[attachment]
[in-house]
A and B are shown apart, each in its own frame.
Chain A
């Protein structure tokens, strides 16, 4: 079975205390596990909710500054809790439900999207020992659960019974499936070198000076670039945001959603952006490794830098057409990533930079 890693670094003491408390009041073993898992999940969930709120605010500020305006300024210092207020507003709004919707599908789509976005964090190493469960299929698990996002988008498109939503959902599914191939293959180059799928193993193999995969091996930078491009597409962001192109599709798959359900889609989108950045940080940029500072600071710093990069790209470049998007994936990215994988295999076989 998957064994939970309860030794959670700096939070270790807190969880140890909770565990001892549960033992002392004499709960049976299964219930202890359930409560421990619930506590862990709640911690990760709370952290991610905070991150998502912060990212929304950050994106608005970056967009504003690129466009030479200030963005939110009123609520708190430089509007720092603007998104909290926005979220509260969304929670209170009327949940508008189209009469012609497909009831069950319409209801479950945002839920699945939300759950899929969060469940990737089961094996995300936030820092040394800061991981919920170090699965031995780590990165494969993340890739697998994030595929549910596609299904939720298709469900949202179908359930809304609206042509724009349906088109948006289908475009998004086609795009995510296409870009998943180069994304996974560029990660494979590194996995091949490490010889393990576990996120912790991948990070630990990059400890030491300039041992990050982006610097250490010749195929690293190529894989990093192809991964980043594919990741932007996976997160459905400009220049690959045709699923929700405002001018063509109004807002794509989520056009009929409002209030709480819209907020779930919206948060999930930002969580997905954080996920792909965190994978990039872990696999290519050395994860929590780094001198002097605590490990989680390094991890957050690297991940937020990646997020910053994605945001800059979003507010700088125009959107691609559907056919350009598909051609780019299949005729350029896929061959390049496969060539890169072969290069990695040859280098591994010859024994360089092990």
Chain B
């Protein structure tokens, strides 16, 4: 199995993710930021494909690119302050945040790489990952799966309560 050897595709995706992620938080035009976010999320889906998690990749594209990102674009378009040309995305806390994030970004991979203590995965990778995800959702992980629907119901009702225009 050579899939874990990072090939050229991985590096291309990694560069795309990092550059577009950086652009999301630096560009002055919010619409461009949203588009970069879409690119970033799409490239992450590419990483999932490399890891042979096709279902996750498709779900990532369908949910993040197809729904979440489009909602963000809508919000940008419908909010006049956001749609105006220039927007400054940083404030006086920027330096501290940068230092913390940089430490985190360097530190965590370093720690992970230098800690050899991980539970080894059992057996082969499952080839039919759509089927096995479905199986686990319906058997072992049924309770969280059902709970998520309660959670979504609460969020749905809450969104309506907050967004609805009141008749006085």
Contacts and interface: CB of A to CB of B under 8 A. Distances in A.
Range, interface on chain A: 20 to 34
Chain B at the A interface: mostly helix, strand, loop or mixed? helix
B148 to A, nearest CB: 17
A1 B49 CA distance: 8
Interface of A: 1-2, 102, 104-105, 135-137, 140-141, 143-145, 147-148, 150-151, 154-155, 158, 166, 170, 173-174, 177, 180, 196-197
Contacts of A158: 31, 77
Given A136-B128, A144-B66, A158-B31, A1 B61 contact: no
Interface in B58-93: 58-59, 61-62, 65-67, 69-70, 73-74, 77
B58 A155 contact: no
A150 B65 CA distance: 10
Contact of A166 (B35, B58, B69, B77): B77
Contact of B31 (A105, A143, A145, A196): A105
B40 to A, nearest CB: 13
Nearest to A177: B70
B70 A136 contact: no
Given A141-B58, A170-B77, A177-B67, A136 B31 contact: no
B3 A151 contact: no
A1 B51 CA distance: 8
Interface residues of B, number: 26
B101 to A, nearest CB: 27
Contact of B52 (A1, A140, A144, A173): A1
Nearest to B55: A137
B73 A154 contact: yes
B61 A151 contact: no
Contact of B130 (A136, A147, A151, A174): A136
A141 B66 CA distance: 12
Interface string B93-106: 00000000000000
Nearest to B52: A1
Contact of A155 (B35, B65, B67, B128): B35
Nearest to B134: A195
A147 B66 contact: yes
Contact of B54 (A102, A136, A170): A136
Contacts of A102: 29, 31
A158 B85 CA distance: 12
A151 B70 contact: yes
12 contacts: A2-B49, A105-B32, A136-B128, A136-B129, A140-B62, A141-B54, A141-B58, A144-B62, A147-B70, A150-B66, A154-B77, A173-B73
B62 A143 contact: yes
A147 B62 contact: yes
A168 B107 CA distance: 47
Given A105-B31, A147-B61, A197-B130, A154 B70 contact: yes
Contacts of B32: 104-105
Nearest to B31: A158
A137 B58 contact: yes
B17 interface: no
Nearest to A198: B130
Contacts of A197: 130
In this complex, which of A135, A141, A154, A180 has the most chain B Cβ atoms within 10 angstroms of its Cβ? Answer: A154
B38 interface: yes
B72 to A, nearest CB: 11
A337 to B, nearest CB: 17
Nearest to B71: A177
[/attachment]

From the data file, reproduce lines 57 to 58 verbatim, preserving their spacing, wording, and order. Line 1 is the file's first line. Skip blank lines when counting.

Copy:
A337 to B, nearest CB: 17
Nearest to B71: A177